6. >Mark –I don't know anything about the copyright/patent issues inolved with solar technology or why that has anything to do with sending our sons and daughters to foreign lands to fight for solar rights. However, this nation has shown it is willing to do just that for oil. If we don't change our ways, we will soon be doing that for water.My problem with nuclear is that it's not economically viable. Plants cost so much to build and take so long to build that they are no better than the alternatives they are meant to replace. Even worse is the waste issue, not just from spent uranium fuel rods but the actual mining of uranium itself, which is incredibly polluting and has poisoned vast reaches of the West. On top of it all there is the safety issue. If nuclear plants were as safe as the industry tries to claim, why does the government need to indemnify nuclear plants? Let's get the Tea Bag brigade on board with repealing the Price Anderson Act — free hand of the market and all. Once all of these true costs are factored in, nuclear isn't the deal proponents claim.

  7. >Jim –Europe has been moving away from nuclear energy for years for the same reasons I outlined above. They don't know what to do with their waste either — so far their biggest idea has been to send it to US.

  8. >SB,The patent issue is simple. If we let other nations steal our technology, we will not benefit from 'green jobs.' If we don't benefit from green jobs, the President's rosy economic ideals become doomed. So we are either going to have to use force to protect our technology or we are going to be in worse shape than now because we will have invested in technology that we won't profit from.As for nuclear energy, why don't you think we can make nuclear safer? Certainly we know that nuclear does produce endless energy so we can focus on safety. Since nuclear works, why not invest in safer plants and waste disposal rather than spending huge sums on sources that cannot be said to offer reliable sources of adequate energy?

  9. >I live in a city with three nukes within 10 miles of my house. I'm too old to worry about whether I'm going to contract some form of cancer from either the nukes, their waste or the EMP in the HV lines that snake all over the area. What I'm not too old to worry about is what they've done to the local economy. They were a great boon while they were being built. Thousands of people moved here, got high paying jobs, caused the towns to ramp up their budgets and then left town when the plants were finished. There are a number of very well paid folks working at the plants, a lot of them contractors who do not stay for more than six months or a year. Nuclear power is not a gift from the gods, it's a business. Like most businesses it will do what it can to maximize profits. Unlike most businesses when it pulls out or, worse, goes belly up it's "unfunded liabilities" have a half life of several thousand years.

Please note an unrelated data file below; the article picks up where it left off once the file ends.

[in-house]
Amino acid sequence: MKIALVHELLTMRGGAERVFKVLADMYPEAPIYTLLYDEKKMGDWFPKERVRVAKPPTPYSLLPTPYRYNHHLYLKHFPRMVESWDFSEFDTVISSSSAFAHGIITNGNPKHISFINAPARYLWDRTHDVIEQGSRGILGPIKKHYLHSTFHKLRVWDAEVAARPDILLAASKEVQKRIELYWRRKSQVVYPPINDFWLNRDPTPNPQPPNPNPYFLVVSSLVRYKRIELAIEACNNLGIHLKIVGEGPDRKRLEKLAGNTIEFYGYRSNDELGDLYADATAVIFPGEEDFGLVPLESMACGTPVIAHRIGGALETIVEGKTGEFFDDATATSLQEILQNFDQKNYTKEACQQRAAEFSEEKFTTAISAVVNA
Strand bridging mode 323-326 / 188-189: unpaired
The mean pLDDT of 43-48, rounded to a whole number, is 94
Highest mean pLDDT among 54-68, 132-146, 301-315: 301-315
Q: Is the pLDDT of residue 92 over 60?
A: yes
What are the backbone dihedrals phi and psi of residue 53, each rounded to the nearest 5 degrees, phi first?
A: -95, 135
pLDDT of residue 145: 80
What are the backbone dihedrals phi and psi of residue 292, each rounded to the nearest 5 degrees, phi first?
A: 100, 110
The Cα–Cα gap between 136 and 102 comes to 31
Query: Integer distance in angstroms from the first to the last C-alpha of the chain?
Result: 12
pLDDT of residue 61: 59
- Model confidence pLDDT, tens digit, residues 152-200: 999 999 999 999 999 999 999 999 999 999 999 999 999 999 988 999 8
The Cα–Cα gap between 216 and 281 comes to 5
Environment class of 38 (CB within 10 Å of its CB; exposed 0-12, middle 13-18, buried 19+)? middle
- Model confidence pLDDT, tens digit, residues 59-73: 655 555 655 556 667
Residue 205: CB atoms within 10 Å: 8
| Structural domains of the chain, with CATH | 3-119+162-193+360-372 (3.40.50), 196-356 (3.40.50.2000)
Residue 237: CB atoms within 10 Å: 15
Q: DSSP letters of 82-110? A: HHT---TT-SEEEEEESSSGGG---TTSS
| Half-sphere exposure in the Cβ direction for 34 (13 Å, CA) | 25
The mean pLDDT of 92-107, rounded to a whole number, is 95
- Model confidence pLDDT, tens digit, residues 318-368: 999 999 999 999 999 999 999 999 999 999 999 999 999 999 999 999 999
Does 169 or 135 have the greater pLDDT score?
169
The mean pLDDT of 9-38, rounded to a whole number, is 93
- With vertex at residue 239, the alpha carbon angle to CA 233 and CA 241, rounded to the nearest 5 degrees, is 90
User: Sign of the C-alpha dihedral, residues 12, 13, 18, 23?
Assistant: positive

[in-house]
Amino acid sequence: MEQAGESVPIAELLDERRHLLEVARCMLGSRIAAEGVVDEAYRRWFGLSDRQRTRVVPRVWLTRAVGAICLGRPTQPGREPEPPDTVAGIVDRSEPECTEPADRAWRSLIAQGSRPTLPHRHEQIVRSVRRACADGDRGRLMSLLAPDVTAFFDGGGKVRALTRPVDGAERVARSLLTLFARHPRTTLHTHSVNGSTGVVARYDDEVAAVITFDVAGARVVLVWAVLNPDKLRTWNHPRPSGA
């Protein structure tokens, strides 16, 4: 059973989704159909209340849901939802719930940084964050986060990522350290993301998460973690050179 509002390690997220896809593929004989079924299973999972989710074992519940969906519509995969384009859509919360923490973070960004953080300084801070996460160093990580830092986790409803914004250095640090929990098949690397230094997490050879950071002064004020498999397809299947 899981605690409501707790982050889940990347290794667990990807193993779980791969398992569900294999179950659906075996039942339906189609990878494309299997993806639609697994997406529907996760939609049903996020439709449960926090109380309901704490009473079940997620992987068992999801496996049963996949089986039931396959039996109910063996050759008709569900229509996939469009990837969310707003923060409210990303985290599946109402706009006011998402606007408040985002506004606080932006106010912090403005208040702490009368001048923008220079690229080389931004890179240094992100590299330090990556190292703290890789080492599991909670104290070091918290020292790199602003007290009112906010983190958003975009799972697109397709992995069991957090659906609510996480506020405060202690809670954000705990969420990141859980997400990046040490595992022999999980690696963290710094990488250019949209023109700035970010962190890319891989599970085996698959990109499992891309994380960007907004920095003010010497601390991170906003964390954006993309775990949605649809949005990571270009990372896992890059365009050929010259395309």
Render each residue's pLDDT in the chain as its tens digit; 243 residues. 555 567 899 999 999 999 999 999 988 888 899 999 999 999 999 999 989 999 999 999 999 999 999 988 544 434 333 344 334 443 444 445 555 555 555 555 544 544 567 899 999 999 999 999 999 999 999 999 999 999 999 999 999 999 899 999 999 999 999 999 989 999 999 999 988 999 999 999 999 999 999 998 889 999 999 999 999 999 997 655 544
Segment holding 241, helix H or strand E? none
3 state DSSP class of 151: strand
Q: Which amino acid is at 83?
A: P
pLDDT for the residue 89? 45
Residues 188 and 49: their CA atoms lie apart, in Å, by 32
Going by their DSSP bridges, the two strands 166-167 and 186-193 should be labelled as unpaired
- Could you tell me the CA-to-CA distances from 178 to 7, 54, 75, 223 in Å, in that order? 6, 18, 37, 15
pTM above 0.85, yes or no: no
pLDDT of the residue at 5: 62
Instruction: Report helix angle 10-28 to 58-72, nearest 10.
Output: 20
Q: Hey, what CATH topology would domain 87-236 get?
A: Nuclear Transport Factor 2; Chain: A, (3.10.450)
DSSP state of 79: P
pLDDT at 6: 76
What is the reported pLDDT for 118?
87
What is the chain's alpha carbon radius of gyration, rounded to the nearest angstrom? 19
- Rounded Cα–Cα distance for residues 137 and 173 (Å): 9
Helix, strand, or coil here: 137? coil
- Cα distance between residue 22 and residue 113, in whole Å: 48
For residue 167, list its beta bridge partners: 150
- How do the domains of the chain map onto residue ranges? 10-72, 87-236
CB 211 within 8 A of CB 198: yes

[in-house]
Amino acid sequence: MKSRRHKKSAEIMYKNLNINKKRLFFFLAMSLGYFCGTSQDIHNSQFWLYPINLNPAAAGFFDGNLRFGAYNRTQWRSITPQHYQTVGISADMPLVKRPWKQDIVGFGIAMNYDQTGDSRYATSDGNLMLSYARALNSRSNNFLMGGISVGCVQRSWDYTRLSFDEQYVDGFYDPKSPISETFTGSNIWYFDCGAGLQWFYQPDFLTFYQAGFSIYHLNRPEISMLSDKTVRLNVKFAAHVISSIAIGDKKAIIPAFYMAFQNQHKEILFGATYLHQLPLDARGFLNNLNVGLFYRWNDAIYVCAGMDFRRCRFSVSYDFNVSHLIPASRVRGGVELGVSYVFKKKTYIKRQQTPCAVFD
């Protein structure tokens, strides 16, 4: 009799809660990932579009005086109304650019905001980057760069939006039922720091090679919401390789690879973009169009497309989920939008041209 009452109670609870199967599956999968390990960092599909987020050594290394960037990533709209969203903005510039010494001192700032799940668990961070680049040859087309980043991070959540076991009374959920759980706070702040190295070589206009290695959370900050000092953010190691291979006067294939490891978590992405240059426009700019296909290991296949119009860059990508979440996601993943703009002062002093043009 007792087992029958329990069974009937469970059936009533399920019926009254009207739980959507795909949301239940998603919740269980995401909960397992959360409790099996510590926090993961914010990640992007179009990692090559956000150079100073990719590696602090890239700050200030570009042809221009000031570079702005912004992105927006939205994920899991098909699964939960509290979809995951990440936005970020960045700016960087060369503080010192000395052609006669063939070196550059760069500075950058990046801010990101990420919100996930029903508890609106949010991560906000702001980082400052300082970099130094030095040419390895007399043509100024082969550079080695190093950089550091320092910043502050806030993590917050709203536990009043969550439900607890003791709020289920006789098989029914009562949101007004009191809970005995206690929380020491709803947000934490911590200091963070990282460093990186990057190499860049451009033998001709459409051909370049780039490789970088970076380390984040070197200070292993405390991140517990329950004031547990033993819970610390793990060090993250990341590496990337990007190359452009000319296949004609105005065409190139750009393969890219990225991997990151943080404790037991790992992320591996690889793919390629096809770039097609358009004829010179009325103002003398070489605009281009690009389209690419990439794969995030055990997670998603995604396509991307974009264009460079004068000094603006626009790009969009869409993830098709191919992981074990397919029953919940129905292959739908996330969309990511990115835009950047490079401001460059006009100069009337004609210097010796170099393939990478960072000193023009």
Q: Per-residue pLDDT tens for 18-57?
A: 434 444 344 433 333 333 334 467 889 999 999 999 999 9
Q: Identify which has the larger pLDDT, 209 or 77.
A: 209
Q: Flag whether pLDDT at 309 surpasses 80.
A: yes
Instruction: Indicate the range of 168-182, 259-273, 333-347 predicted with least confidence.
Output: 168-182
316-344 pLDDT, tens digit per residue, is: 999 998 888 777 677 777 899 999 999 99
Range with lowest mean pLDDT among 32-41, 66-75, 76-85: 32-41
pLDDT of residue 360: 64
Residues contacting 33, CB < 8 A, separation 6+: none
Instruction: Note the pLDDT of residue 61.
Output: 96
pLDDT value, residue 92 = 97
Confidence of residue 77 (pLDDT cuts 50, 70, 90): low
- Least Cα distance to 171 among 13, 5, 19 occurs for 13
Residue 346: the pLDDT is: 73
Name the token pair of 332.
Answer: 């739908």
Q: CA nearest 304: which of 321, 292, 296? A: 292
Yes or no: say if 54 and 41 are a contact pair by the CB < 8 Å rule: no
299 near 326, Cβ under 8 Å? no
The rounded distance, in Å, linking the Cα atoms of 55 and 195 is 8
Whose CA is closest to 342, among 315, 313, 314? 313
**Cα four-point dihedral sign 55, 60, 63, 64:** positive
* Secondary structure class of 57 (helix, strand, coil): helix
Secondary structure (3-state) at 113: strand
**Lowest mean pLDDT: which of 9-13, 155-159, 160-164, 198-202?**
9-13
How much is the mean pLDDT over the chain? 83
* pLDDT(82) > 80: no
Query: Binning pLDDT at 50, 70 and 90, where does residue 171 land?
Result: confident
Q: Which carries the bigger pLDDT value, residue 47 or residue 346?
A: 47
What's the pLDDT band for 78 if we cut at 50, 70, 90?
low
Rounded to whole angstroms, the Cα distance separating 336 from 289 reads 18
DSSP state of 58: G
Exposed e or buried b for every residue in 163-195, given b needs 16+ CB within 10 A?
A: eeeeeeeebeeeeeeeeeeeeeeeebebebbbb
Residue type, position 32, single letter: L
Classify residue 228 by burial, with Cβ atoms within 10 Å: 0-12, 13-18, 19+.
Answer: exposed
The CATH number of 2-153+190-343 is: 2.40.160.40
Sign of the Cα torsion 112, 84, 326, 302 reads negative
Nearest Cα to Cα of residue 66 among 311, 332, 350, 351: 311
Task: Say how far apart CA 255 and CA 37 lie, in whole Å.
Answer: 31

10. >Mark:How do we protect our technology now? This isn't a new issue with green technology. And anyway, is it "ours"? Seems like Spain, Japan and other countries are way ahead of us where green technology is concerned.As an environmental science major, I attended the University of Copenhagen way back in the 1980s. While Reagan was busy taking solar panels off the White House roof the Danes were busy figuring out how to maximize energy efficiency and tap wind, geothermal and other renewables. They learned the lessons from the 1973 Arab oil embargo that America never did.Sounds like you're talking about closing the barn door after the horses have been long gone.

  11. >SB,We don't protect our technology well currently. The ChiComs are busily stealing everything they can. The case for 'green jobs' is two fold. first, we invent new technologies that reduce our need for imported oil. Excellent. I am all for it. The economic benefit from fewer dollars leaving the country will be considerable. But the greater benefit is from selling that technology abroad. That brings dollars back home, reducing our trade deficit and making more money available here for higher wages and more economic growth. However, if we allow our competitor nations to steal our technology, we will lose that benefit. Think of how unable we are to protect movies and music now. Do you think the Chinese will work harder to stop piracy of really valuable technology? We cannot get our current President to commit to defend us against chemical and biological attacks so I doubt he would fight to protect our economy.

  12. >Mark Rogers:This:"We cannot get our current President to commit to defend us against chemical and biological attacks so I doubt he would fight to protect our economy."is either incredibly stupid or just another teabagger fantasy. Where the hell do you get this sort of information? The reason that people like you cannot be taken seriously by anyone with a functioning brain is idiotic bullshit like that.